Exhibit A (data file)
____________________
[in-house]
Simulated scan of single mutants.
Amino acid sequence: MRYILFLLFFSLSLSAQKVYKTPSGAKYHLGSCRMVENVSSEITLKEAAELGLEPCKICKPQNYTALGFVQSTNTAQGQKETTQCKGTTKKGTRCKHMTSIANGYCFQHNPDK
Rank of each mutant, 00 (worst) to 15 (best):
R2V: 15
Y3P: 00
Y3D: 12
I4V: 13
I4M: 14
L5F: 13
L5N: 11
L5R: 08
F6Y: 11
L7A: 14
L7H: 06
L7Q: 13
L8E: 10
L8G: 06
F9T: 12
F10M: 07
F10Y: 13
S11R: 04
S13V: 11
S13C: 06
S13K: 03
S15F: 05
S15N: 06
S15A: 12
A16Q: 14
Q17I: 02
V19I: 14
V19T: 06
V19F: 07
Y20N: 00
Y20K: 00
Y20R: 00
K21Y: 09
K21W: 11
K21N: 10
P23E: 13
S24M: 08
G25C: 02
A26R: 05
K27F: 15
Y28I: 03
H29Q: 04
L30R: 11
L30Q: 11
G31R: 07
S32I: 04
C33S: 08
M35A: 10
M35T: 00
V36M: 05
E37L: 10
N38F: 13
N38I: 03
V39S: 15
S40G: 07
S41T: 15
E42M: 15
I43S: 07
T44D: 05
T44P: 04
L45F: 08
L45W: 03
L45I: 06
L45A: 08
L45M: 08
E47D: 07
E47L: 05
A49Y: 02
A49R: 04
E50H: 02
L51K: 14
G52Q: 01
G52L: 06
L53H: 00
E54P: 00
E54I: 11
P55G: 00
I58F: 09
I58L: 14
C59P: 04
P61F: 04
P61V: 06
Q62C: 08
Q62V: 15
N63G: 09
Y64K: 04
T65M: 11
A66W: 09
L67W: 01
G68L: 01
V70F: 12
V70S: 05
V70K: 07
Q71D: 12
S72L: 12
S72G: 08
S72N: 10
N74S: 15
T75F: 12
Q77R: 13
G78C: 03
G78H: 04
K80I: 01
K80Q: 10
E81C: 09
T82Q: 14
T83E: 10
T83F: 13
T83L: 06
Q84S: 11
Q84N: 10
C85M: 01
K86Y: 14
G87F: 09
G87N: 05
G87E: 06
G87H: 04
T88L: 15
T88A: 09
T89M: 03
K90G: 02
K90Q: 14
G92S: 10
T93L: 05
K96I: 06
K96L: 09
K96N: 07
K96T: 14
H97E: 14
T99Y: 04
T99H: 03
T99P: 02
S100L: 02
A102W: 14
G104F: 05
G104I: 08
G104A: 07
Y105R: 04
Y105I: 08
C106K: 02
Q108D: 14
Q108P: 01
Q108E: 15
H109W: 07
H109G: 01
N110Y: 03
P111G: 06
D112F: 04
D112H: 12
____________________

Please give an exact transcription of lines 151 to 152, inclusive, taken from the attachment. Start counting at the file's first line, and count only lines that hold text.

P111G: 06
D112F: 04